11 Feb Airplanes and Aircraft – What Are They Made Of?
Since the days of the Wright Brothers, man’s fascination with flying has brought on many changes due to increased technology and necessity. Construction of new materials has been developed and still new changes are being sought. Let’s look at some of the changes.
In the early years of aviation, planes were made of fabric and low weight wood, due to their availability. Wire, struts and braces were used for structural strength. The fabric was a closely weaved fabric like linen. As the travel speeds increased, so did the need for better, stronger materials in aircraft construction. Laminated wood and monocoque construction were first used in the 1930’s. Monocoque is a construction technique that supports structural load by using an object’s external skin. When aircraft were made of fabric, they were hard to maintain since they deteriorated when left outside, due to the elements. So metal began to be used for aircraft. There were problems with metal too.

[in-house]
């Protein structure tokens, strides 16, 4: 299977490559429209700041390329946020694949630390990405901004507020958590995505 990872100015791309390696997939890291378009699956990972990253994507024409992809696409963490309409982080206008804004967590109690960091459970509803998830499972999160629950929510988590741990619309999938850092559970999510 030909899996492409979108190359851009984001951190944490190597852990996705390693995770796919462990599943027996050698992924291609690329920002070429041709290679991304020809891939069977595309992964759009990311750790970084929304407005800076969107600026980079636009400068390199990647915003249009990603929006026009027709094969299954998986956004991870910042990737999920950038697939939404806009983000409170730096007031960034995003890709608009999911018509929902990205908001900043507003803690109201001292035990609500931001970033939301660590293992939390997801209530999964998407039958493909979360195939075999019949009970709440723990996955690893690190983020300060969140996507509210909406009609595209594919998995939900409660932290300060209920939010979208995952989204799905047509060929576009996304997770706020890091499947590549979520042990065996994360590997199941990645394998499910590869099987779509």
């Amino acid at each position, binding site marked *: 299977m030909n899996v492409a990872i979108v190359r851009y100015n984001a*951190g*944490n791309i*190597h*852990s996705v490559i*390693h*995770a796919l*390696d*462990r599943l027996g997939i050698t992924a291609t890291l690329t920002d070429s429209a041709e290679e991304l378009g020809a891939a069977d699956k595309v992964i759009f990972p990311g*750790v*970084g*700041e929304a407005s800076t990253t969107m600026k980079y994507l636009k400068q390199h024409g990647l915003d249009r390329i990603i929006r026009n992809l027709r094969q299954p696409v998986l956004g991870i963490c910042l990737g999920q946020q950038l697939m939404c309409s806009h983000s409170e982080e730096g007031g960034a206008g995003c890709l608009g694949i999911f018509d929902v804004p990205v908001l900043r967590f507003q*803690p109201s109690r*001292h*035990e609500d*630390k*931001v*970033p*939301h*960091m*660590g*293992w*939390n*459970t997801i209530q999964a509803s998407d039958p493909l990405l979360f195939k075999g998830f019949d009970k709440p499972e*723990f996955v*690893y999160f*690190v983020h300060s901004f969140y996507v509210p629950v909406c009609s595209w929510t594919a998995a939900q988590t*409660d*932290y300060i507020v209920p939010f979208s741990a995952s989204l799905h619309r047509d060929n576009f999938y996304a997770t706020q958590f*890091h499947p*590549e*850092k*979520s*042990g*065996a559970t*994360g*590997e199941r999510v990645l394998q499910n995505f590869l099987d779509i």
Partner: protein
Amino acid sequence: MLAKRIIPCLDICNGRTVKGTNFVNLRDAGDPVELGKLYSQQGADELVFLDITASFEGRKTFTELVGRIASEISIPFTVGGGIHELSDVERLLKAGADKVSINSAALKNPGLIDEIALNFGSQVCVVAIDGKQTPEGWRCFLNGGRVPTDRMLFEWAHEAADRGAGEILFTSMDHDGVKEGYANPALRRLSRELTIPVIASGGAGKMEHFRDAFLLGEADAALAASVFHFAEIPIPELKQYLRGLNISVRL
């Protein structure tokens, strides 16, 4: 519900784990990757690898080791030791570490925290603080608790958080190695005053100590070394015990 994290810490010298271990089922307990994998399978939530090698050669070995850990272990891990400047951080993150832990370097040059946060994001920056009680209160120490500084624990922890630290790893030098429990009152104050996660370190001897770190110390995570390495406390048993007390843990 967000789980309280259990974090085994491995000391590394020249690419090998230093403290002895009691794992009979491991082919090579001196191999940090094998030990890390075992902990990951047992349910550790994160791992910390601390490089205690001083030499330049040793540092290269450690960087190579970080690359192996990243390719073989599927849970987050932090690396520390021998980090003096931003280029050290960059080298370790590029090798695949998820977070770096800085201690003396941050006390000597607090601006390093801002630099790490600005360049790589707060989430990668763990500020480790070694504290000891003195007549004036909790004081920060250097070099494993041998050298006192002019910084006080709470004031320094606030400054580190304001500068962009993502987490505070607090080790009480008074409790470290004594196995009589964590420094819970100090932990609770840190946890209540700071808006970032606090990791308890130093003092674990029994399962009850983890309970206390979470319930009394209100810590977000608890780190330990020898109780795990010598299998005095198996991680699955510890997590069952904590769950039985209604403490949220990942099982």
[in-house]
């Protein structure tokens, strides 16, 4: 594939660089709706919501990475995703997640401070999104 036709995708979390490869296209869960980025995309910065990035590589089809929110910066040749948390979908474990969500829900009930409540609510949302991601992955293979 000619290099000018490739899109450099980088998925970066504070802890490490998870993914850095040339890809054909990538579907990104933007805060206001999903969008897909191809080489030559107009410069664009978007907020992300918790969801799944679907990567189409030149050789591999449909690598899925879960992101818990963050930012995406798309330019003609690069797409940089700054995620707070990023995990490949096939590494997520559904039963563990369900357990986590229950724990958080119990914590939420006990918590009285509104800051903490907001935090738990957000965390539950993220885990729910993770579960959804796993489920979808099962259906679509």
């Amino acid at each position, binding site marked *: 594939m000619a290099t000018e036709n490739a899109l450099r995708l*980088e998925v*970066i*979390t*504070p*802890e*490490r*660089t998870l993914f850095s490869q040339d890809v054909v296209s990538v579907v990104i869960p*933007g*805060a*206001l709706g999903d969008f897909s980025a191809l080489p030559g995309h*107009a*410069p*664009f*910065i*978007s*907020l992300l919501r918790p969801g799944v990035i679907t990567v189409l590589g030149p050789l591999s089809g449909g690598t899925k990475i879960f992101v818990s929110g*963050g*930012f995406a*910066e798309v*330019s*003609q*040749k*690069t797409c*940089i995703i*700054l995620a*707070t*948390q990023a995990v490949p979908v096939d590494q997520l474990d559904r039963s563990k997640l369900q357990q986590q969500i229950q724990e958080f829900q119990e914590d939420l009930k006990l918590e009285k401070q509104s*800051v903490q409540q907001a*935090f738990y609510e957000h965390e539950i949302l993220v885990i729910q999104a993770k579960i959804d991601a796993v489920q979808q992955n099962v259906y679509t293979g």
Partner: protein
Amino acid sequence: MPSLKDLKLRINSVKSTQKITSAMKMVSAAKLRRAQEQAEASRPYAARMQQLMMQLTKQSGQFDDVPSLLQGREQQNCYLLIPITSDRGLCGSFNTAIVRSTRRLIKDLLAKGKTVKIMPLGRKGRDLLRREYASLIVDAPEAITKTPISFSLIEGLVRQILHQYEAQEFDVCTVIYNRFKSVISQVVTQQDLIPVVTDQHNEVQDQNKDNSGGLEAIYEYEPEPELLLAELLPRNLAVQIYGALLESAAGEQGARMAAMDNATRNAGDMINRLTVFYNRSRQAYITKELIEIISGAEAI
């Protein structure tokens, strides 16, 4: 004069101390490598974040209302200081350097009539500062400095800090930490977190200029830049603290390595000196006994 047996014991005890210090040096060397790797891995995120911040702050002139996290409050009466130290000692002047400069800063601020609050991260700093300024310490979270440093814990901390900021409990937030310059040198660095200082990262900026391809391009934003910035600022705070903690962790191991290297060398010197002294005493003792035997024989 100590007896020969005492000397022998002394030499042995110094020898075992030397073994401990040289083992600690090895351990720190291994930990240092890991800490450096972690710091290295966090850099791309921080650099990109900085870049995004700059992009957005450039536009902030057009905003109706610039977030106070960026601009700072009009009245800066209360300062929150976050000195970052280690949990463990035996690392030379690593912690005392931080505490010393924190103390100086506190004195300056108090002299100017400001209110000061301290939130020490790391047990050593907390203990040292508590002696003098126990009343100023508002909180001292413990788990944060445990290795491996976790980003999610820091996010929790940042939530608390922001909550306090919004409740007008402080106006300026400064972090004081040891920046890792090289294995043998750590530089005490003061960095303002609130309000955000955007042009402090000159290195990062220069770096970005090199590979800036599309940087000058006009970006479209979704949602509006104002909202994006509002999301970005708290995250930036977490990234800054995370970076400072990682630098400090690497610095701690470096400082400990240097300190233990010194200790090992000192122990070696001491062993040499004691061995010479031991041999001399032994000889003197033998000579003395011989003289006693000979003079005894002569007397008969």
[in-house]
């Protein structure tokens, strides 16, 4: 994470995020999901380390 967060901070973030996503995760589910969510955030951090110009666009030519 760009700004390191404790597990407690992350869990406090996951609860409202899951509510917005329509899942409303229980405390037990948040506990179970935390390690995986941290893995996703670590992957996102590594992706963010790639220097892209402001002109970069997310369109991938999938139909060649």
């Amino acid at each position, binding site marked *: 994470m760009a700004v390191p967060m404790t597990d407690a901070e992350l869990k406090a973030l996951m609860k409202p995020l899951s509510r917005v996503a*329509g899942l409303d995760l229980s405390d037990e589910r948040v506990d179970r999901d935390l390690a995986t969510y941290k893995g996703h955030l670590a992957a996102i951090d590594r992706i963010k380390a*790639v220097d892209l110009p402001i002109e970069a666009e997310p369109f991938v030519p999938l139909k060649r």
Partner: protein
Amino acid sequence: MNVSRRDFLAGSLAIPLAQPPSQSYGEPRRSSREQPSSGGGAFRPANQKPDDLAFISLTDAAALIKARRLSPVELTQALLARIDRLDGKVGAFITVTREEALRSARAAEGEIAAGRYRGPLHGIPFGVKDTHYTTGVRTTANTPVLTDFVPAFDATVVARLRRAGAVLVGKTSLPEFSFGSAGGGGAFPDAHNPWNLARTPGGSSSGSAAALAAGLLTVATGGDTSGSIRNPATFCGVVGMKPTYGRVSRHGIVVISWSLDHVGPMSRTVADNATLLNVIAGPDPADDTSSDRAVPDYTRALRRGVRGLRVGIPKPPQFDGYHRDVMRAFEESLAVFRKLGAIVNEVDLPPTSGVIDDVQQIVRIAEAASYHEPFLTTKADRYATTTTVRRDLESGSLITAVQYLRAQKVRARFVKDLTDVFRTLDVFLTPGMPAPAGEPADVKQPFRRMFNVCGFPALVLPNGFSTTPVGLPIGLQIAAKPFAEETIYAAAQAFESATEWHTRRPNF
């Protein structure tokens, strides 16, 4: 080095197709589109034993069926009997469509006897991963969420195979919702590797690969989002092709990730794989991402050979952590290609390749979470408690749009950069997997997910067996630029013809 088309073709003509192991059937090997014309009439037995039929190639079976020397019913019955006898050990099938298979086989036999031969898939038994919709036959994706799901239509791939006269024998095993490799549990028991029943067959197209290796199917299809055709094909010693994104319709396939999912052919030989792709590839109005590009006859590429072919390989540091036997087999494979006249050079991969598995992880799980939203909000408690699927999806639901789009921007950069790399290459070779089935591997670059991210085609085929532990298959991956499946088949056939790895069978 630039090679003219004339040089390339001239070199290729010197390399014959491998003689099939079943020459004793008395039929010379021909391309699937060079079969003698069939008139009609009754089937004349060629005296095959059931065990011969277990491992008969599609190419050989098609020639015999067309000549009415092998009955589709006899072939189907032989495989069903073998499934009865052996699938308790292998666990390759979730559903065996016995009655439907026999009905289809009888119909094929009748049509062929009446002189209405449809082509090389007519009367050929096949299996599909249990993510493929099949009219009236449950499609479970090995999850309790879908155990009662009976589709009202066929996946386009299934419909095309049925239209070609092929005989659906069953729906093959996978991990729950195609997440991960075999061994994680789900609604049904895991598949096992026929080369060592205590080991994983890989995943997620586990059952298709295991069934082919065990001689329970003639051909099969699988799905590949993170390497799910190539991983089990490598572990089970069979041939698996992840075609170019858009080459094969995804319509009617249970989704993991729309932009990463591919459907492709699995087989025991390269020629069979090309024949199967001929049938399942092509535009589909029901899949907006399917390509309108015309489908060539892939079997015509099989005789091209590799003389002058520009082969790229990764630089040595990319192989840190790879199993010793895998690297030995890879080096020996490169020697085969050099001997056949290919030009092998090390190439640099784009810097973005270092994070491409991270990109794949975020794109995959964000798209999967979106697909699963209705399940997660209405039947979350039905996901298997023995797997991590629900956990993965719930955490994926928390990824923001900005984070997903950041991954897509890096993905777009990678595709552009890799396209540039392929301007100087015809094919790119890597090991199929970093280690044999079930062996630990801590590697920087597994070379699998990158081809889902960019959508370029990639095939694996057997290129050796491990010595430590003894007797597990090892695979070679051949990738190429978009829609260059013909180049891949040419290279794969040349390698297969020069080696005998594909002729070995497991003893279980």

In 1919 to 1934 they began the construction of all metal planes with aluminum surfaces and others used a construction of metal monocoque. As manufacturing skills got better, building lighter planes became easier. However, metal corrodes and is subject to fatigue. New procedures were needed in order to protect against this. Aluminum alloys and new metals like titanium and molybdenum were used for the extra strength as well as for thermal resistance. Speeds increased to Mach 3, so techniques to avoid the effects of heat caused by aerodynamics were introduced. Advanced alloys use carbon, silicon carbide, ceramics, titanium as well as aluminum.
The new high quality aluminum is stronger than the carbon fiber reinforce plastic that has been used in aircraft wings and can reduce weight up to another 20 percent. Aircraft wings built with this special aluminum fiber combination can protect them against metal fatigue. This material can be a contribution to making energy efficient aircraft. It could provide a reduced maintenance and fuel cost of billions of dollars.
The new aluminum materials allow for the possibility of carefree structures. Carefree, meaning less sensitivity to fatigue, hail, and corrosion, resulting in much lower maintenance cost.
We’ve come a long way since that first airplane. As, we continue to develop ways to travel faster and further, let’s hope the new developments continue to include ways to remain cost and environmentally efficient.